Is Inpatient Rehab Worth the Cost?
When thinking about rehab, you’ll find you have some choices to make. Which treatment center will you go with? Should you travel far away, or stick close to home? Will you do an outpatient or inpatient program?
Choosing the right treatment can be a task in itself. Today, we want to cover the outpatient vs. inpatient debate, and why we recommend doing an inpatient program whenever possible.
Inpatient vs. outpatient rehab
The difference is simple: in an inpatient program, you live at a recovery center for treatment. In an outpatient program, you continue living at home and travel to the treatment center throughout the week for therapy and medicine administration.
Benefits of an inpatient rehab program
An inpatient program removes you from your normal environment.
You’ll have the time to focus on recovery, which is especially important if your home environment is full of stressors and easy access to drugs or alcohol.
One of the biggest benefits of an inpatient program is that it gives you a safe place to explore a new way of living. You’ll have doctors on hand 24/7, which is especially important during a detox. You’ll also have regular interaction with other people in recovery. It’s often the case that the relationships you make in rehab will often become a big part of your support system even after you’ve all moved on.
Benefits of an outpatient rehab program
Many people go with outpatient programs because they can usually continue their normal work and responsibilities, and insurance tends to cover outpatient costs better than inpatient costs. Staying close to friends and family can be a big positive for some people, especially if you have children to care for.
Which is better?
Both inpatient and outpatient programs have produced tons of success stories and are both viable ways for reclaiming a sober life. That said, we often recommend inpatient programs over outpatient ones. Here’s why:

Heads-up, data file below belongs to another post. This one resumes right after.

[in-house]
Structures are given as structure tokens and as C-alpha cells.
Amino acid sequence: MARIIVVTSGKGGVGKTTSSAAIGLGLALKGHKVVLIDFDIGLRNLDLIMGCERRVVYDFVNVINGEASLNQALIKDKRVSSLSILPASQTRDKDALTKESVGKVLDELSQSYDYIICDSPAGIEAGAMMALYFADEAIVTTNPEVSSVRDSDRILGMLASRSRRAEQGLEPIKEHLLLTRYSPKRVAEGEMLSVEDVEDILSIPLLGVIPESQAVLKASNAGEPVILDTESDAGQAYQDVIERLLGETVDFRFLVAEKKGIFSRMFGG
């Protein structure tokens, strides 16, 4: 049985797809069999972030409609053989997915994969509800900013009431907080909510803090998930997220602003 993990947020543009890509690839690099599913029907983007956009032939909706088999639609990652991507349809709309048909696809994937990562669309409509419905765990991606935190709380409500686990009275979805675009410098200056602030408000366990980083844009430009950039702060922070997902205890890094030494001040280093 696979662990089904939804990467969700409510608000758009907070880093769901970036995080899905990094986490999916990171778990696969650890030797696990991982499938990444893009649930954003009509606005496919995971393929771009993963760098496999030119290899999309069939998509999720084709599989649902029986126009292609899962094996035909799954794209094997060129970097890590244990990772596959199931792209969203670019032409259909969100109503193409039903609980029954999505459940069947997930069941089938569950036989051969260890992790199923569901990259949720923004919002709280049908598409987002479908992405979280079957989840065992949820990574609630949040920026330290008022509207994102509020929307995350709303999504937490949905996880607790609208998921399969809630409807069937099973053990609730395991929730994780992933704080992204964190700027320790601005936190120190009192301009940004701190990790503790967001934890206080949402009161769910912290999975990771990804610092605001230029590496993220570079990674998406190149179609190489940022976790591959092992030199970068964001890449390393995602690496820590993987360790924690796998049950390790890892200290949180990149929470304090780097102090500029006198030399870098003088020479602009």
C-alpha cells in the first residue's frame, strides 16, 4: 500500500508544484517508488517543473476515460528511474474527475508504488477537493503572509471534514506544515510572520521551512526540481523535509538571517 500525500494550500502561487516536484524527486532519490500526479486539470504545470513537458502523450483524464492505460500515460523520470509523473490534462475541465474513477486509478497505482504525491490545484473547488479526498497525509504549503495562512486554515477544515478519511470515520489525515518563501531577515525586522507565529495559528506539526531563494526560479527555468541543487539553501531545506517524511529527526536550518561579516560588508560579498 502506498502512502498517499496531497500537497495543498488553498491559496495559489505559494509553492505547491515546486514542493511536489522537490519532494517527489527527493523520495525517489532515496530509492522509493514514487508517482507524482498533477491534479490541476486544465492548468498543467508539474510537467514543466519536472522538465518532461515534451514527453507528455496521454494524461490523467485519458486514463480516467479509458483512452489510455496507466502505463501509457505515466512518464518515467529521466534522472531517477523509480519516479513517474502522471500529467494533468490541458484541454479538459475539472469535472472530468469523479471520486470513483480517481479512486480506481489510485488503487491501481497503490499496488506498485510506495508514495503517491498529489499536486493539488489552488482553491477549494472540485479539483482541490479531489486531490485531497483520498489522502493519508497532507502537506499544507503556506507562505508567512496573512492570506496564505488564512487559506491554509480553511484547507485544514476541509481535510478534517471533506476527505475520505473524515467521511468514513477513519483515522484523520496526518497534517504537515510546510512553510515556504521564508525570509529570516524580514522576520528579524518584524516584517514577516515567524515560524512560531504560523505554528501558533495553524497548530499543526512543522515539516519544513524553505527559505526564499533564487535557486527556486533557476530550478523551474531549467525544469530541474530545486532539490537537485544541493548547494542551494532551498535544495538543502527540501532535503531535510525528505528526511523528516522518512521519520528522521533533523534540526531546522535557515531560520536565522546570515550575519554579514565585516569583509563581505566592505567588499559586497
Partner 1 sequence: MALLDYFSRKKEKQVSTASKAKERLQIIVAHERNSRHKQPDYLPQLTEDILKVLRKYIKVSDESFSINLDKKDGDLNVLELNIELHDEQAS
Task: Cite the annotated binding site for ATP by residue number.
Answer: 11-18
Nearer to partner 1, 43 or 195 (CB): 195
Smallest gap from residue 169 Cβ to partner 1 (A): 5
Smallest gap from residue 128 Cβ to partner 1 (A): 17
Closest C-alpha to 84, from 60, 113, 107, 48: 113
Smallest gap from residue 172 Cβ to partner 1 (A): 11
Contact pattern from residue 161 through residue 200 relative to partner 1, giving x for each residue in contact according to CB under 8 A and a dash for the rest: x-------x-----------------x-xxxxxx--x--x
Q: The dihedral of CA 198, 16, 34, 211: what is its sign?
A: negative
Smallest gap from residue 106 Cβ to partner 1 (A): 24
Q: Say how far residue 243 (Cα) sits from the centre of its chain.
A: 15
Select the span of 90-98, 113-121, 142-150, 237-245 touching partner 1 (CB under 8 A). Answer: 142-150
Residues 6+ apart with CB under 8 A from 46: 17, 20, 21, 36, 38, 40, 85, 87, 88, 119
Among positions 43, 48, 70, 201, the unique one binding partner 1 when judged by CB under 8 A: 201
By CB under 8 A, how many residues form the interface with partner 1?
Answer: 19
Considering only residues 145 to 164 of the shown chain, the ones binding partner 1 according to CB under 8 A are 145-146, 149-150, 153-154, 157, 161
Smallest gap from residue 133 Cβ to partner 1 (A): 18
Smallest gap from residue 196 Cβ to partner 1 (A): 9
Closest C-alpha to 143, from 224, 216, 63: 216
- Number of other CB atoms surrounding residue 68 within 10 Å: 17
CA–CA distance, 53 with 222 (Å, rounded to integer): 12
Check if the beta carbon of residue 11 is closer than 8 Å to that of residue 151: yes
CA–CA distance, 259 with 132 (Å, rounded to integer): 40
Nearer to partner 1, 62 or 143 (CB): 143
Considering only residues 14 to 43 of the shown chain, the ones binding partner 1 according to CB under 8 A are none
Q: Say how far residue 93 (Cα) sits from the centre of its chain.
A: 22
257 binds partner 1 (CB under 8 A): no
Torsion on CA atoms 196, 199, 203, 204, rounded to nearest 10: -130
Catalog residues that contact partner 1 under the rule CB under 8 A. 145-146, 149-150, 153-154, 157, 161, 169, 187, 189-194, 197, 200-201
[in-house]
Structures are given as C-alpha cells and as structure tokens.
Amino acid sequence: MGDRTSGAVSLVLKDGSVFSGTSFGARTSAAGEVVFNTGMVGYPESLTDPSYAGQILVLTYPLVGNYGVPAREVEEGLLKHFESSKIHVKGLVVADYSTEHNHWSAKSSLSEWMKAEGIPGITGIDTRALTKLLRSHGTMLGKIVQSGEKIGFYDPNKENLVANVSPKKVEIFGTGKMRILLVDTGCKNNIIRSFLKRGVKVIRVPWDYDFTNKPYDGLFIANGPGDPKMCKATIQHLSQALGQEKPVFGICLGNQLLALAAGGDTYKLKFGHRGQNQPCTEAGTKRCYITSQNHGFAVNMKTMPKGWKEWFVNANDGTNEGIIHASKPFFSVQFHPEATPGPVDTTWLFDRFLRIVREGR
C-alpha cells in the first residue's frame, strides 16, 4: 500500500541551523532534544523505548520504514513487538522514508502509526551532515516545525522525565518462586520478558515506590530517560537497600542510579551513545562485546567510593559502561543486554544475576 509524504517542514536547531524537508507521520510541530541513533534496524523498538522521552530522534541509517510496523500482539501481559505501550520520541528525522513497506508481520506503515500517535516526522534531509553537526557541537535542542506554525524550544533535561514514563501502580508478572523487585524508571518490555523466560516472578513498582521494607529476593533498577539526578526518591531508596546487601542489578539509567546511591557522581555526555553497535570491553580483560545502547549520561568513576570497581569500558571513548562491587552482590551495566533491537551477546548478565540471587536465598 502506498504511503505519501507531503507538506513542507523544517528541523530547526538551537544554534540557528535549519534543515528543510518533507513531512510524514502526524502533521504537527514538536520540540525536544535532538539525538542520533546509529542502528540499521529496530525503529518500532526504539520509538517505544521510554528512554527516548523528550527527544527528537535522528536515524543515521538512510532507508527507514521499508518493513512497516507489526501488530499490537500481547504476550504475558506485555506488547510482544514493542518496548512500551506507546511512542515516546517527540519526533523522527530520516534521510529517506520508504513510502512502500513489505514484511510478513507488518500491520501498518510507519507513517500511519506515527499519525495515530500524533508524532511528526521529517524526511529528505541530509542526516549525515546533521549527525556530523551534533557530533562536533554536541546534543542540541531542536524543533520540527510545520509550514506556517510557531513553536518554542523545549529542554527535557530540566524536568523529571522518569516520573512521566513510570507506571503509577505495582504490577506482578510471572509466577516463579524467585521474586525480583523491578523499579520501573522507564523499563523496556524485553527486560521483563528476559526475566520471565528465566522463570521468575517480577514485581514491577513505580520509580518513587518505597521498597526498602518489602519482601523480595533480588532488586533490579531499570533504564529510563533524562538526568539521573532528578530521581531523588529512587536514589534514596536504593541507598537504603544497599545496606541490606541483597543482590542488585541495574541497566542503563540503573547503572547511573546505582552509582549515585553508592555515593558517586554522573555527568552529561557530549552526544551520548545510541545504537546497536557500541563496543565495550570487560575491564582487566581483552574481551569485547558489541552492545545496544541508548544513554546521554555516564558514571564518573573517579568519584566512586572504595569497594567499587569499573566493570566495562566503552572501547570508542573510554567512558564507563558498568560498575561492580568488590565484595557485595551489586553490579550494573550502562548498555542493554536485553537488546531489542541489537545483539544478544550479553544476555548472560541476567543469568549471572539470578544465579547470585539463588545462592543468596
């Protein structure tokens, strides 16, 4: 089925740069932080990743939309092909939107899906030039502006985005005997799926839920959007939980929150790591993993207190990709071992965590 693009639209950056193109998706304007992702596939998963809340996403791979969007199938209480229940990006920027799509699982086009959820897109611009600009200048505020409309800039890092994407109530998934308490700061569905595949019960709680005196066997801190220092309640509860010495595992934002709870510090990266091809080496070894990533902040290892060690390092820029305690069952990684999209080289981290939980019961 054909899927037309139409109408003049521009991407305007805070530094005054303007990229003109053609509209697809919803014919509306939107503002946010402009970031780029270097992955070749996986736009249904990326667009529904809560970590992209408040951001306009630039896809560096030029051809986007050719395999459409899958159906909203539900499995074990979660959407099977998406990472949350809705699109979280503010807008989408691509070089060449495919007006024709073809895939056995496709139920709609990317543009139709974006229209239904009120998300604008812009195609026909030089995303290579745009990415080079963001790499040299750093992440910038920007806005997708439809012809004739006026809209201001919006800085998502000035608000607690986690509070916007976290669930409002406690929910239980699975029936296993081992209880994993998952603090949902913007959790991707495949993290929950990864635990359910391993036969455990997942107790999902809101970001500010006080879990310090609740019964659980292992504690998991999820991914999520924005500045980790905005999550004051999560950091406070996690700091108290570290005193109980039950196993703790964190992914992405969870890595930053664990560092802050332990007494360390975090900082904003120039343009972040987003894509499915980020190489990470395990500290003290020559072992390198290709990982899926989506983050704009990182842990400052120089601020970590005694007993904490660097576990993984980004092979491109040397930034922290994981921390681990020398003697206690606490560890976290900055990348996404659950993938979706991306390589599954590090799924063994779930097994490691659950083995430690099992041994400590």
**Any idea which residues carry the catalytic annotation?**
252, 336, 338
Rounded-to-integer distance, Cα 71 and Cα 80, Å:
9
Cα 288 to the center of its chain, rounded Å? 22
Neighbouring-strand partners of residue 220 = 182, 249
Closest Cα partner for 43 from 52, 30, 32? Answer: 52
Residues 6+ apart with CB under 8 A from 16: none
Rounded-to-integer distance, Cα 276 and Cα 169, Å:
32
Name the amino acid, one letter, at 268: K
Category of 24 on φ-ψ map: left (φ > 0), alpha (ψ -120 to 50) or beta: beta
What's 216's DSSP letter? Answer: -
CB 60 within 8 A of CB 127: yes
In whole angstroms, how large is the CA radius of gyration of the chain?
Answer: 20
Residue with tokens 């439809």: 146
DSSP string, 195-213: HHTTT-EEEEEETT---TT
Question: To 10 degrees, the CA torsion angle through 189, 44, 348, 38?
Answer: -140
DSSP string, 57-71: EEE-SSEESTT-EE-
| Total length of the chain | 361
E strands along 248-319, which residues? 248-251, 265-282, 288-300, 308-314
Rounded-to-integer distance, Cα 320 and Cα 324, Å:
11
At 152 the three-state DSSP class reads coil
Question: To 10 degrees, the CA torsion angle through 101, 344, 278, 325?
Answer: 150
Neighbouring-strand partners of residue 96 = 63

An outpatient program lets you continue your normal life, but sometimes that’s not a positive. Your home life might be triggering, the liquor store might be just down the street—you’ll be subject to the same environment that feeds your addiction.
Also, many addictions are also closely tied to co-occurring disorders such as depression. These kinds of underlying mental health problems often go undiagnosed until the individual enters rehab. Individuals with co-occurring disorders can especially benefit from the added focus and supervision that’s provided in an inpatient program.
Finally, outpatient programs tend to be easier to abandon. At least one study suggests that patient in outpatient programs are four times more likely to drop out of treatment than those in inpatient programs. Arranging transportation to a recovery center every day is tough, and it’s tempting to just take a night off. Outpatient programs take more willpower.
Will insurance cover inpatient drug rehab?
Oftentimes, the biggest inhibitor to an inpatient program is the cost. A 30-day inpatient program can range from $2,000 to over $25,000 depending on what’s included in your treatment and how luxurious the center is.
Luckily, insurance can help make it much more affordable.
Many insurance companies will pay for at least part of your inpatient costs. This is especially likely if your doctor has decided your case is severe enough to deem inpatient care “medically necessary.” Private insurance tends to provide the best drug rehab coverage, though public insurance like Medicare and Medicaid offer drug rehab coverage options as well.
If you’re not sure what your plan covers, talk to your insurance company (here’s what to ask about). They’ll be able to walk you through exactly what your final costs will be.
And if your insurance plan does not cover inpatient drug rehab, you still have several options. Some rehab centers offer scholarships to those with demonstrated need. A family member may even be willing to lend you some money as well if they know it’s going directly to your treatment.
Want more information on how to pay for inpatient rehab?
At The Recovery Village, we accept most major forms of insurance and are committed to helping you receive the care you need. Bring your questions to one of our compassionate representatives at 855-250-7489.
Pettinati, Helen M., Kathleen Meyers, Jacqueline M. Jensen, Frances Kaplan, Bradley D. Evans. “Inpatient vs outpatient treatment for substance dependence revisited.” Psychiatric Quarterly. Springer International, June 1993. Web. 6 Jul 2016. <http://link.springer.com/article/10.1007%2FBF01065868?LI=true>.